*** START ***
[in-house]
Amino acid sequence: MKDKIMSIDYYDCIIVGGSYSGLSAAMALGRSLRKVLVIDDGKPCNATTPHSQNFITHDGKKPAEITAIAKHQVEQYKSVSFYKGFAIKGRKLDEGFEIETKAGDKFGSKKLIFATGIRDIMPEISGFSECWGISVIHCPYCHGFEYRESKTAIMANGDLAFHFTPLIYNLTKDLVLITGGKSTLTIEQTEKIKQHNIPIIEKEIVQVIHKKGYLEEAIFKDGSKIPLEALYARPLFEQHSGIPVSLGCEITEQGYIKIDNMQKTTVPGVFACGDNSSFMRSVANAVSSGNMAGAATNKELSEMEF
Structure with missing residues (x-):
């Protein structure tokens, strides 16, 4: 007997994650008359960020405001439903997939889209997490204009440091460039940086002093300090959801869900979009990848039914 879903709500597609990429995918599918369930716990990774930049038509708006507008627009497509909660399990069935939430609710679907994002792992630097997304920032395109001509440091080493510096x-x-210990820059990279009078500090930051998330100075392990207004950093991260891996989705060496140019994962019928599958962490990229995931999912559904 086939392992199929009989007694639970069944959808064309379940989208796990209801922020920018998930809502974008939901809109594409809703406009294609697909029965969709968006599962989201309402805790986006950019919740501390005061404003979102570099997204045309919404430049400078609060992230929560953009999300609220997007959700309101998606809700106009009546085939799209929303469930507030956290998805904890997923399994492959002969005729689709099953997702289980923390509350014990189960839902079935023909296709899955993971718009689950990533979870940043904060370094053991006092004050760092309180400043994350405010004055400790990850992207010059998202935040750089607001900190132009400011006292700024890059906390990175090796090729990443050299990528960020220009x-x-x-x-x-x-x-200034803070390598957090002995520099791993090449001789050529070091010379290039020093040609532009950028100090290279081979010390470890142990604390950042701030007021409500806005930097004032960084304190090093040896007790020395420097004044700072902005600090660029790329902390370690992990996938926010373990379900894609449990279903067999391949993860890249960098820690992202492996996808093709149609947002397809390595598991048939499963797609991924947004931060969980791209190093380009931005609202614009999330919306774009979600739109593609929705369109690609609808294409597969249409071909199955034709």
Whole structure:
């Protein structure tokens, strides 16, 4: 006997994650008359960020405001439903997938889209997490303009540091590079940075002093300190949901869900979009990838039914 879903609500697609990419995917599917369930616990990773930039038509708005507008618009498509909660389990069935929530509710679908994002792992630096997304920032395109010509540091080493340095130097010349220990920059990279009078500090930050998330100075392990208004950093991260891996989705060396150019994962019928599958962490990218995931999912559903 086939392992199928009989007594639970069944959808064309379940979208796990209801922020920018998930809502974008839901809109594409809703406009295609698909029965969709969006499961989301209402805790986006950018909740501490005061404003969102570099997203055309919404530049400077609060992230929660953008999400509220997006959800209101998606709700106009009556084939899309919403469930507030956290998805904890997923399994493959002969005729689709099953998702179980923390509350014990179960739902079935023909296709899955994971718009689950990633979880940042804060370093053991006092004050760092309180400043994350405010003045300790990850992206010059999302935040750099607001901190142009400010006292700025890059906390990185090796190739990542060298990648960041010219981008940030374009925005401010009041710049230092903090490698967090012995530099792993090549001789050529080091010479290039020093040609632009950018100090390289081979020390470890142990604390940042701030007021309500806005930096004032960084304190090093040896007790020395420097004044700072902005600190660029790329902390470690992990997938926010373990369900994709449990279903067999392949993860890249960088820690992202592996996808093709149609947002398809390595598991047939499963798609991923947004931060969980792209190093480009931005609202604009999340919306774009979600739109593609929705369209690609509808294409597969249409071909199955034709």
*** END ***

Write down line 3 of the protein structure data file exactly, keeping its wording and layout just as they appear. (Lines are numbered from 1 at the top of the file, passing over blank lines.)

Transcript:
Structure with missing residues (x-):